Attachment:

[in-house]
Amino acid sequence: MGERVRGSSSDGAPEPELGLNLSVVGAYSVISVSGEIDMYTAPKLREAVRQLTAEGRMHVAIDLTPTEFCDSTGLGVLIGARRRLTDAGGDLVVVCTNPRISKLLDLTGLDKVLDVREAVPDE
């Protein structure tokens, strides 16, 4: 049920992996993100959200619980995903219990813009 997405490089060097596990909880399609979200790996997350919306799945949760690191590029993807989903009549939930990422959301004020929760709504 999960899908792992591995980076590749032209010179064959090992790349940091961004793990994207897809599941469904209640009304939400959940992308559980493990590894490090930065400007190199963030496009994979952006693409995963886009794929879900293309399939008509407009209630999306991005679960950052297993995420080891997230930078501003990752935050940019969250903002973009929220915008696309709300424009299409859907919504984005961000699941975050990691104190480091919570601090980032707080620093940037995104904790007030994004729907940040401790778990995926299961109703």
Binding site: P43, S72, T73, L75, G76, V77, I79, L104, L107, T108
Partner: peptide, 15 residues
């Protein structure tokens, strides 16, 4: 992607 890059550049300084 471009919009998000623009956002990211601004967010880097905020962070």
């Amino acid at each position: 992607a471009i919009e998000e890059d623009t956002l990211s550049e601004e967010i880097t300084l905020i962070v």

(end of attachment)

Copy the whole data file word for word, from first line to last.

[in-house]
Amino acid sequence: MGERVRGSSSDGAPEPELGLNLSVVGAYSVISVSGEIDMYTAPKLREAVRQLTAEGRMHVAIDLTPTEFCDSTGLGVLIGARRRLTDAGGDLVVVCTNPRISKLLDLTGLDKVLDVREAVPDE
């Protein structure tokens, strides 16, 4: 049920992996993100959200619980995903219990813009 997405490089060097596990909880399609979200790996997350919306799945949760690191590029993807989903009549939930990422959301004020929760709504 999960899908792992591995980076590749032209010179064959090992790349940091961004793990994207897809599941469904209640009304939400959940992308559980493990590894490090930065400007190199963030496009994979952006693409995963886009794929879900293309399939008509407009209630999306991005679960950052297993995420080891997230930078501003990752935050940019969250903002973009929220915008696309709300424009299409859907919504984005961000699941975050990691104190480091919570601090980032707080620093940037995104904790007030994004729907940040401790778990995926299961109703």
Binding site: P43, S72, T73, L75, G76, V77, I79, L104, L107, T108
Partner: peptide, 15 residues
């Protein structure tokens, strides 16, 4: 992607 890059550049300084 471009919009998000623009956002990211601004967010880097905020962070």
């Amino acid at each position: 992607a471009i919009e998000e890059d623009t956002l990211s550049e601004e967010i880097t300084l905020i962070v």